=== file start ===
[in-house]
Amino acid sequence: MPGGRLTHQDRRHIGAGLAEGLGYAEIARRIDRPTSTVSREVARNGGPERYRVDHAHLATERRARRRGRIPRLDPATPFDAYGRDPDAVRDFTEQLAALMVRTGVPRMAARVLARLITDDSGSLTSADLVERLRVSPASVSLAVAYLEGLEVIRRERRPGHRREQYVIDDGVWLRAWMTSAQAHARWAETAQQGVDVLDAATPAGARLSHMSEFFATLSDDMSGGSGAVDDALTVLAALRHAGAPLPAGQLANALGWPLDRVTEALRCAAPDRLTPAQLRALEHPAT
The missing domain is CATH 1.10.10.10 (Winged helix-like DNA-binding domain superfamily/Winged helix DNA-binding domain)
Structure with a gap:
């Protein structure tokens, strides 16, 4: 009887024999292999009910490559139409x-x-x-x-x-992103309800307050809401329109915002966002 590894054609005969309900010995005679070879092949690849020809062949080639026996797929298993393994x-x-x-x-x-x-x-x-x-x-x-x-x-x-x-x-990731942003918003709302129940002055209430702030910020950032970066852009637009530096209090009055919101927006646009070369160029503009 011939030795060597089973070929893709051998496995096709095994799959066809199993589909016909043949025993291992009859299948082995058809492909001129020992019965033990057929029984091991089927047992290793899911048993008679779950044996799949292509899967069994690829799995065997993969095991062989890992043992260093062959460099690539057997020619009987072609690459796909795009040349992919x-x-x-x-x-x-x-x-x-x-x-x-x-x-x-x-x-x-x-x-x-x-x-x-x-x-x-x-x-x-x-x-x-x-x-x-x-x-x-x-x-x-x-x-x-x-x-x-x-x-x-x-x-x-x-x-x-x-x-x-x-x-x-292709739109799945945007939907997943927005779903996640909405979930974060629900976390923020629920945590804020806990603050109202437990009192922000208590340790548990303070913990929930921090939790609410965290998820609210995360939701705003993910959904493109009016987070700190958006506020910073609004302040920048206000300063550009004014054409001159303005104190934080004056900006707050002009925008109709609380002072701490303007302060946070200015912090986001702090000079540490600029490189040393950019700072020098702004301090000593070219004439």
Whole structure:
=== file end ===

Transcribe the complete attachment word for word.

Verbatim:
[in-house]
Amino acid sequence: MPGGRLTHQDRRHIGAGLAEGLGYAEIARRIDRPTSTVSREVARNGGPERYRVDHAHLATERRARRRGRIPRLDPATPFDAYGRDPDAVRDFTEQLAALMVRTGVPRMAARVLARLITDDSGSLTSADLVERLRVSPASVSLAVAYLEGLEVIRRERRPGHRREQYVIDDGVWLRAWMTSAQAHARWAETAQQGVDVLDAATPAGARLSHMSEFFATLSDDMSGGSGAVDDALTVLAALRHAGAPLPAGQLANALGWPLDRVTEALRCAAPDRLTPAQLRALEHPAT
The missing domain is CATH 1.10.10.10 (Winged helix-like DNA-binding domain superfamily/Winged helix DNA-binding domain)
Structure with a gap:
């Protein structure tokens, strides 16, 4: 009887024999292999009910490559139409x-x-x-x-x-992103309800307050809401329109915002966002 590894054609005969309900010995005679070879092949690849020809062949080639026996797929298993393994x-x-x-x-x-x-x-x-x-x-x-x-x-x-x-x-990731942003918003709302129940002055209430702030910020950032970066852009637009530096209090009055919101927006646009070369160029503009 011939030795060597089973070929893709051998496995096709095994799959066809199993589909016909043949025993291992009859299948082995058809492909001129020992019965033990057929029984091991089927047992290793899911048993008679779950044996799949292509899967069994690829799995065997993969095991062989890992043992260093062959460099690539057997020619009987072609690459796909795009040349992919x-x-x-x-x-x-x-x-x-x-x-x-x-x-x-x-x-x-x-x-x-x-x-x-x-x-x-x-x-x-x-x-x-x-x-x-x-x-x-x-x-x-x-x-x-x-x-x-x-x-x-x-x-x-x-x-x-x-x-x-x-x-x-292709739109799945945007939907997943927005779903996640909405979930974060629900976390923020629920945590804020806990603050109202437990009192922000208590340790548990303070913990929930921090939790609410965290998820609210995360939701705003993910959904493109009016987070700190958006506020910073609004302040920048206000300063550009004014054409001159303005104190934080004056900006707050002009925008109709609380002072701490303007302060946070200015912090986001702090000079540490600029490189040393950019700072020098702004301090000593070219004439």
Whole structure: